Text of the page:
Newspaper article Evening Chronicle (Newcastle, England)

An Icon Who Gave Us Back Our Sense of Pride

Newspaper article Evening Chronicle (Newcastle, England)

An Icon Who Gave Us Back Our Sense of Pride

Article excerpt

Byline: Lee Ryder Chief sports writer

WHENEVER fans wonder if following Newcastle United is all worth it after a bad defeat or a miserable bus journey home after an away-day disaster, it is probably a good time to pop on any DVD featuring Sir Bobby Robson.

His passion will always epitomise everything that is good about watching the Magpies.

Today marks the FA's Sir Bobby Robson National Football Day.

A great idea and one that is designed to get everybody back involved with grassroots football, with events taking place all over the country inspired by Robson.

No doubt memories of Sir Bobby will come flooding back, and let's be honest there are enough to last us a lifetime.

Sir Bobby has left a lot of legacies since he sadly passed away in 2009 but his memories will always remain golden to supporters.

I always think back to when Robson first arrived as manager at Newcastle back in 1999. The mood could hardly have been lower.

Having lost 2-1 to Sunderland in monsoon conditions on a night when Alan Shearer and Duncan Ferguson watched on helplessly for large parts of the contest, the Magpies found themselves stranded near the foot of the table. But Sir Bobby lifted the city.

Just listening to his interviews gave Geordie fans the feelgood factor again.

And after Ruud Gullit's management had left fans frustrated and concerned about their team, Sir Bobby began to build up some pride again.

He took the club from the bottom of the Premier League to the very top.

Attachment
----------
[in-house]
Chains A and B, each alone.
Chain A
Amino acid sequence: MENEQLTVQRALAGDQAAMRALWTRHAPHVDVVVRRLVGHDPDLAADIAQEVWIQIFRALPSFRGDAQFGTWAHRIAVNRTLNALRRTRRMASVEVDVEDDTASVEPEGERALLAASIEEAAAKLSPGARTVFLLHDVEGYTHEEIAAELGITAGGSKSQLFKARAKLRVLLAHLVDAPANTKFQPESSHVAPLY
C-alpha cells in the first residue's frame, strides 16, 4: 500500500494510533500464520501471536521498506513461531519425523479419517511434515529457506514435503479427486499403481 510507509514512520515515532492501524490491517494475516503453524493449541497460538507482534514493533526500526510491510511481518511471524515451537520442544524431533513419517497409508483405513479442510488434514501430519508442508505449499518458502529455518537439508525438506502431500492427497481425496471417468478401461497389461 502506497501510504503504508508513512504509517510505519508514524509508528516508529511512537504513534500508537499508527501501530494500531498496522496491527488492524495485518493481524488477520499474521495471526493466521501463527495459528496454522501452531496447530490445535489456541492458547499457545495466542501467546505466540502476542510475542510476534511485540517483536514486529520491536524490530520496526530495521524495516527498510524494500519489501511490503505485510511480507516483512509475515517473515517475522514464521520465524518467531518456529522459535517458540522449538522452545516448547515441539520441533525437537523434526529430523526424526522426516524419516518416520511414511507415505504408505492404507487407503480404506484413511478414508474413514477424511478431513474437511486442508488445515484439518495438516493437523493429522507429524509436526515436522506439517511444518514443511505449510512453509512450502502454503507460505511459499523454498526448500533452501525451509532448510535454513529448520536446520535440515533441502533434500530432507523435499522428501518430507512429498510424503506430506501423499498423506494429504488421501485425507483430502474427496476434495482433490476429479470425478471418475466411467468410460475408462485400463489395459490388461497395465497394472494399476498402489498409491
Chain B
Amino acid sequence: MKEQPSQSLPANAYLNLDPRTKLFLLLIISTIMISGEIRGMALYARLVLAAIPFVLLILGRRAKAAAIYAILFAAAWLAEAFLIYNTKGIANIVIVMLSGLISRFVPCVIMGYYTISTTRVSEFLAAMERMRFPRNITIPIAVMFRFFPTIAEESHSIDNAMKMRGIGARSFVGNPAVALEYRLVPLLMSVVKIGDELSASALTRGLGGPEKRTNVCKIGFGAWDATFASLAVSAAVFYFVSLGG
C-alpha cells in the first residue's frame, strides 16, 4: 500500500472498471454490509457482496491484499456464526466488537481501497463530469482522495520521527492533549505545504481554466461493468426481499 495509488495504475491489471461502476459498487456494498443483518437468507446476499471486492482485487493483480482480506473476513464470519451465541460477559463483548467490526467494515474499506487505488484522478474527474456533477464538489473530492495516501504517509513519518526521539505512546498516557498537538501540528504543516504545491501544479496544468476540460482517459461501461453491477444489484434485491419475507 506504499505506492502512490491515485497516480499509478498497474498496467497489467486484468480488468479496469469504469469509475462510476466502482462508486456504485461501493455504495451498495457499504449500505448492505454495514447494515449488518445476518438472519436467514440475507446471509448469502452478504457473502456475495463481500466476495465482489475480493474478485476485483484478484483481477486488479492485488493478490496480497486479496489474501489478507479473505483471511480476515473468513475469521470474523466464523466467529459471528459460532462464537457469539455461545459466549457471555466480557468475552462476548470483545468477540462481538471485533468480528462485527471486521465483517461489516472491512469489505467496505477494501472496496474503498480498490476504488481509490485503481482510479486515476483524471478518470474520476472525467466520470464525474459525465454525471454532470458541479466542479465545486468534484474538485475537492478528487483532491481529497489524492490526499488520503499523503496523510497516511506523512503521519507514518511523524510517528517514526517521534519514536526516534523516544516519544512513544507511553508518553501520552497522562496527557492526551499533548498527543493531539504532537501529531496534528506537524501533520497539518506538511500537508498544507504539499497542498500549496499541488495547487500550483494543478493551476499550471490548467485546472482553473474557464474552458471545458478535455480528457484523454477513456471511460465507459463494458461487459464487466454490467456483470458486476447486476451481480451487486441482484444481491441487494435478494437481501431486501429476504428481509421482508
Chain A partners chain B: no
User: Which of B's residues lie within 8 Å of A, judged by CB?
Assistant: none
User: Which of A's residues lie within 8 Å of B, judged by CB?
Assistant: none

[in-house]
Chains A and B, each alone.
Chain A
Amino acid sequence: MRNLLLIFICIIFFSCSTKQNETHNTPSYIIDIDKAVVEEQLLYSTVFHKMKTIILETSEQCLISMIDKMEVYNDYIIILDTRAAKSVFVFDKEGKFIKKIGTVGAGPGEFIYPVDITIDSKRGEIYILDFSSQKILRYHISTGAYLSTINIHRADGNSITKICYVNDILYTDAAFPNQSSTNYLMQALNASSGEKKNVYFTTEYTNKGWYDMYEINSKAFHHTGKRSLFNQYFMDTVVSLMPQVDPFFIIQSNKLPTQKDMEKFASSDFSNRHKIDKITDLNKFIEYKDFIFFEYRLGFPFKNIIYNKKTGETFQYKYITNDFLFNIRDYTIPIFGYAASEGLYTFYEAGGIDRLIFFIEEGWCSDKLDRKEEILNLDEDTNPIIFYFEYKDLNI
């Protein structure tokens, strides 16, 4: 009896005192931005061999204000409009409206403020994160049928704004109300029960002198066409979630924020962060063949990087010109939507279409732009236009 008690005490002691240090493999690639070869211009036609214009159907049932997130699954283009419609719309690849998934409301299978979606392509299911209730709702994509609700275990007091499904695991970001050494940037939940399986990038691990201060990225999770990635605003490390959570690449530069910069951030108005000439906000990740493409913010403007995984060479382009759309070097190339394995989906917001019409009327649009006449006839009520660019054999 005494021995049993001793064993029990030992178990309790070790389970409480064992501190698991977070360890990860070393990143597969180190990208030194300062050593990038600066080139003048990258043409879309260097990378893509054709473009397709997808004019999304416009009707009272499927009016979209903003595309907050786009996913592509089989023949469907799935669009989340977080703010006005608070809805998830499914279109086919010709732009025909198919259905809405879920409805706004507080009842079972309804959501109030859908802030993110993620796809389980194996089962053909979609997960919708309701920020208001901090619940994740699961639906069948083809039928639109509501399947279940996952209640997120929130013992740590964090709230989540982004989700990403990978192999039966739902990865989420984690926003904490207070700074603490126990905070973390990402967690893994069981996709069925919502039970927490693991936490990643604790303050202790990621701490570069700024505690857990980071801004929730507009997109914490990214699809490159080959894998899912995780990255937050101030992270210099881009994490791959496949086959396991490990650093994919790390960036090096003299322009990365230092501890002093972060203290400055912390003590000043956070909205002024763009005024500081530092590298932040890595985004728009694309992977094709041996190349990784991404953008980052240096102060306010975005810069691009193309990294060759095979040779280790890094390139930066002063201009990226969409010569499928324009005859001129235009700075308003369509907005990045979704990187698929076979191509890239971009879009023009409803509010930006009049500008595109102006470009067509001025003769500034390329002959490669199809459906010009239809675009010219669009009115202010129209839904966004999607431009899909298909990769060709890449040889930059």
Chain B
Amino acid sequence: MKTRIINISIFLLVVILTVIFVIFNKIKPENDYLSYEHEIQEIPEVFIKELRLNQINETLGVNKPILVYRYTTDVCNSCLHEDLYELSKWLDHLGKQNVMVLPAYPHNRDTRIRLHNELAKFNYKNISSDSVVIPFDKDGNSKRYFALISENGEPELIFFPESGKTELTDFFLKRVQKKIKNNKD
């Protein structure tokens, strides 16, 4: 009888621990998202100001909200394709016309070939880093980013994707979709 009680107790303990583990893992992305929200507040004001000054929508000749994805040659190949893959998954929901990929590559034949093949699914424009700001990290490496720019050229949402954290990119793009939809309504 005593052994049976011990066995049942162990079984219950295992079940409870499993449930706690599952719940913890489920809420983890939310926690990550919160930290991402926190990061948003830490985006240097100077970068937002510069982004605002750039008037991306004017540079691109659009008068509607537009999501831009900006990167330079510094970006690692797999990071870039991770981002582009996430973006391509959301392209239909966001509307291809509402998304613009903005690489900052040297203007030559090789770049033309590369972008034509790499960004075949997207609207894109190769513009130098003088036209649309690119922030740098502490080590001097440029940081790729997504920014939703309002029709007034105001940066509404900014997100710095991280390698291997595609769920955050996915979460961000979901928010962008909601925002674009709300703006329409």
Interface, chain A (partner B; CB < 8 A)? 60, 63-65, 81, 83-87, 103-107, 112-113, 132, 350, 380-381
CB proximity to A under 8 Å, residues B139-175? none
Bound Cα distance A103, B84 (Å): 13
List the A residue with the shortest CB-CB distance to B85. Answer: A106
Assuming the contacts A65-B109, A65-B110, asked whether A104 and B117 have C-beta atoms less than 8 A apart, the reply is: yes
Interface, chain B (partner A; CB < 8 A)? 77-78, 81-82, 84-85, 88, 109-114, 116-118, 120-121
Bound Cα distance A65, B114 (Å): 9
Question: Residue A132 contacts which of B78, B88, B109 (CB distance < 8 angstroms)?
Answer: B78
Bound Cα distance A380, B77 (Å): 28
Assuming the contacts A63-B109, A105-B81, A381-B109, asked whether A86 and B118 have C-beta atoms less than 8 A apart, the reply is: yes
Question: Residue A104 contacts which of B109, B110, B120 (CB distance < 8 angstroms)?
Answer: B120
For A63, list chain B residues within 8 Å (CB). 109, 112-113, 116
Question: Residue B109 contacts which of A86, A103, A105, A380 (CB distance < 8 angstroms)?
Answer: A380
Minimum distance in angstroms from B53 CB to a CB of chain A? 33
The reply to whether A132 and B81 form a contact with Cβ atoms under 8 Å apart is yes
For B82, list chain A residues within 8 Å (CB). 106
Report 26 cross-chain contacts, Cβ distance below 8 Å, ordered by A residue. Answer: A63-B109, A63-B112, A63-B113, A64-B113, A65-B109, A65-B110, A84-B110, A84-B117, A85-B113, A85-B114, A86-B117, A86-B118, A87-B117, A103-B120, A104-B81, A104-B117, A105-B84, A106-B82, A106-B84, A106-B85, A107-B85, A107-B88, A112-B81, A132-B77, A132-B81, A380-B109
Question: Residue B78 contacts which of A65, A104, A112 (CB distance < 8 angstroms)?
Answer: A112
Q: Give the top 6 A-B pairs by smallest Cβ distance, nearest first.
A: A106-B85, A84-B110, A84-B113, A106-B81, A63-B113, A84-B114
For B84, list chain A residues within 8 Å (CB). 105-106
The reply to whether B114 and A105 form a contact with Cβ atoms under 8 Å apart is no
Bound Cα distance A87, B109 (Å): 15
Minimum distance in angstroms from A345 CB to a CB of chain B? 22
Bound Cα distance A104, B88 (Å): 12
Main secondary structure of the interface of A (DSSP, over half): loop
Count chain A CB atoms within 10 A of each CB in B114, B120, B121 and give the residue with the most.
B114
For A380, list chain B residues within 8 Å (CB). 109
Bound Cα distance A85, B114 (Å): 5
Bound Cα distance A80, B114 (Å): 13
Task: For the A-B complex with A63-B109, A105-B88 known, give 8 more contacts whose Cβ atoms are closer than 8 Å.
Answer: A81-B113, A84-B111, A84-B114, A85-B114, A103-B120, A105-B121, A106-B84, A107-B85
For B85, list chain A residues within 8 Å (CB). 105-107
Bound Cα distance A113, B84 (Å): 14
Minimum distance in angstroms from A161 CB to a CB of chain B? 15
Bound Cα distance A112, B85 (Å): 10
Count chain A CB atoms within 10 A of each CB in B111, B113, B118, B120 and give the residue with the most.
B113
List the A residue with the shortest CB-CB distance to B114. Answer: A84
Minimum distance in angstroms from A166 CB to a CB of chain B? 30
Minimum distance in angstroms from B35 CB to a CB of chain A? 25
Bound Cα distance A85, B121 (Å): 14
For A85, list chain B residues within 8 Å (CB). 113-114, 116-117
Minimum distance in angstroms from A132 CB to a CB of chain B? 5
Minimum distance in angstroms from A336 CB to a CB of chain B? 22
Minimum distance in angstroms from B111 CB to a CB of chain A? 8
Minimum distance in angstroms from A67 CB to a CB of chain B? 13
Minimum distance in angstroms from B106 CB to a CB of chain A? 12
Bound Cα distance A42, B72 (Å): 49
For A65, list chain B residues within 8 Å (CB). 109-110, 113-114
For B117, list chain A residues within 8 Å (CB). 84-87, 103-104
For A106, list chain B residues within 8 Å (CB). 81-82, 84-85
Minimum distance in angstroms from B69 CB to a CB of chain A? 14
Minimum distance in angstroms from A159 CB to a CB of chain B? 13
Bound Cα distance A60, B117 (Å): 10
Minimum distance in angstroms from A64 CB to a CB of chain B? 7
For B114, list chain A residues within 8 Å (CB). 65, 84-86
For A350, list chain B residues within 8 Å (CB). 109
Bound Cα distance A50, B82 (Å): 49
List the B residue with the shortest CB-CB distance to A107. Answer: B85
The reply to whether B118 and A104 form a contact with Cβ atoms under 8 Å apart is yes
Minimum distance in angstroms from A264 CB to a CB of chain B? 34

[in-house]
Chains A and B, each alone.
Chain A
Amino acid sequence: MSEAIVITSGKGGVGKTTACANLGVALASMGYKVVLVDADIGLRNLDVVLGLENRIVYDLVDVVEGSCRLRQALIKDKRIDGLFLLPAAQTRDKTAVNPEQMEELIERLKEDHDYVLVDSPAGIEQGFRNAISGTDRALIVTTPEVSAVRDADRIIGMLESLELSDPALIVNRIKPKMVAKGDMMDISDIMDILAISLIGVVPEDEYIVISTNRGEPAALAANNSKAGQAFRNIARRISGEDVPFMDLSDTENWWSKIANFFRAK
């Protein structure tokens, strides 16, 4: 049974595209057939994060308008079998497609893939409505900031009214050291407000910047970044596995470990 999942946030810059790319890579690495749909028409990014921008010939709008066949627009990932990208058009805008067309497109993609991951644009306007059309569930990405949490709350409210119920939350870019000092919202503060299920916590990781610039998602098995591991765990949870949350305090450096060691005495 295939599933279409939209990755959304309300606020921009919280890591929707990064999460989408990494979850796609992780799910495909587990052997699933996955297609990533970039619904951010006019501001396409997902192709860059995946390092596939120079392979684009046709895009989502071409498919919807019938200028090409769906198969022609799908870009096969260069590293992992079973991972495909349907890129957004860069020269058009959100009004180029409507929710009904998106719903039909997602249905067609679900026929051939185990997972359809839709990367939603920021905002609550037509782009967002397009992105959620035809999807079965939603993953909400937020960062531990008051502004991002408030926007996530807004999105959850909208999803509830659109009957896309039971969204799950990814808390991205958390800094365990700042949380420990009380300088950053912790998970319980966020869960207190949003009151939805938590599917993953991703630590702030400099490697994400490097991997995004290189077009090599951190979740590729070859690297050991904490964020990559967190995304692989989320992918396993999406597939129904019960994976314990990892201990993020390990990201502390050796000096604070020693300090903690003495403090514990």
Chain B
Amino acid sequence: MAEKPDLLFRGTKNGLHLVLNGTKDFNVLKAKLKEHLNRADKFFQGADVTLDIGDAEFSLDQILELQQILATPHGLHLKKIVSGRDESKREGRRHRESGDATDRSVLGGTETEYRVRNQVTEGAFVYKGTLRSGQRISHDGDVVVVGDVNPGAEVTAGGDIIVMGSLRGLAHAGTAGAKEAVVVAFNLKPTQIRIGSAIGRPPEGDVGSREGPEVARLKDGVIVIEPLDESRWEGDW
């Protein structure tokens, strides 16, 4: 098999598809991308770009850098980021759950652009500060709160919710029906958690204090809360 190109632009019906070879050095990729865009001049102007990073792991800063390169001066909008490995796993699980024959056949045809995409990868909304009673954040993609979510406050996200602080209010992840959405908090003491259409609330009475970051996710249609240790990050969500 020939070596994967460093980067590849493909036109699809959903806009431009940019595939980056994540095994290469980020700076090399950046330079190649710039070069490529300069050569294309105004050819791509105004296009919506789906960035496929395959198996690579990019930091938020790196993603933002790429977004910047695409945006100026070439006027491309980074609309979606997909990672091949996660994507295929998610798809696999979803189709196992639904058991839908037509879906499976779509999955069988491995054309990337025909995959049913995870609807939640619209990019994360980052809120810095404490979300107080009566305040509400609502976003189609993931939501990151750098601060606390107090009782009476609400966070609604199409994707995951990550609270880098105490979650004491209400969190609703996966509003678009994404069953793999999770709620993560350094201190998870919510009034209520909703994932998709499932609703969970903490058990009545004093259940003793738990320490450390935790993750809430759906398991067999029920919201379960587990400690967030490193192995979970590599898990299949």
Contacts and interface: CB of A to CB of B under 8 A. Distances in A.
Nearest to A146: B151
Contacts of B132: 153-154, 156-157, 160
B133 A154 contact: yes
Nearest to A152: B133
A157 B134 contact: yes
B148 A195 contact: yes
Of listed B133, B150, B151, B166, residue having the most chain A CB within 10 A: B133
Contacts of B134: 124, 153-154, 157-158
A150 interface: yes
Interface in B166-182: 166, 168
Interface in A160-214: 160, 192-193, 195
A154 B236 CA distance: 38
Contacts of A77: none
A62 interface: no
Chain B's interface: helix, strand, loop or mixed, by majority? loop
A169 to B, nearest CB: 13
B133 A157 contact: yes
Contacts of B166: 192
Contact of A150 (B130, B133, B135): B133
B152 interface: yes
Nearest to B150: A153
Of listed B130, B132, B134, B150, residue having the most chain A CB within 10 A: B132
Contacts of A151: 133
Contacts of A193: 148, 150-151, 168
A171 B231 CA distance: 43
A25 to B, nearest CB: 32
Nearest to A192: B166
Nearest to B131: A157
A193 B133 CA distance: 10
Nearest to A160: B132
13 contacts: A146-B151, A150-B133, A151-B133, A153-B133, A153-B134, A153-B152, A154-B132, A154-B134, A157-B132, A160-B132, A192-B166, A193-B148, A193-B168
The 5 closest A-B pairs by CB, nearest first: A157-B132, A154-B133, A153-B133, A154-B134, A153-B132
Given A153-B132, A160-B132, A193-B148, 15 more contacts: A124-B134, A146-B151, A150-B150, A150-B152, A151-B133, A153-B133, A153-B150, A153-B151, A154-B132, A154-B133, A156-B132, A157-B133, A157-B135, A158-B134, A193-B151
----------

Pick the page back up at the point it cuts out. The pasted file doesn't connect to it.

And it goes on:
True, Newcastle didn't stay there but having tapped into the crowd he underlined the importance of it to his players.

There's no doubt in my mind that when Robson came in as manager, Newcastle were heading for relegation.

Within two years they were challenging for the title and playing in the Champions League.

If that shows anything it shows the potential that will always be at St James' Park.

Alan Pardew managed Newcastle to a fifth-place finish just over a year ago to again show that there is a snowball effect in this city that doesn't exist at every football club. Both Sir Bobby and Kevin Keegan showed that, Pardew has too to an extent, and can do so again if he plays his cards right.

Newcastle challenged for the title in 2002 and 2003 and Bobby's take on the situation was exactly right: "We might not win it.

"But we can challenge for it."

When talking about rubbing shoulders with Barcelona and Inter Milan, he said: "I wouldn't say getting into the Champions league was beyond our wildest dreams because we do have wild dreams."

Even during the bad timesBobby always had a way of making the fans feel better.

Remember when Dennis Bergkamp scored that wonderful goal at the Gallowgate End when he spun past the back four before stroking the ball home? …

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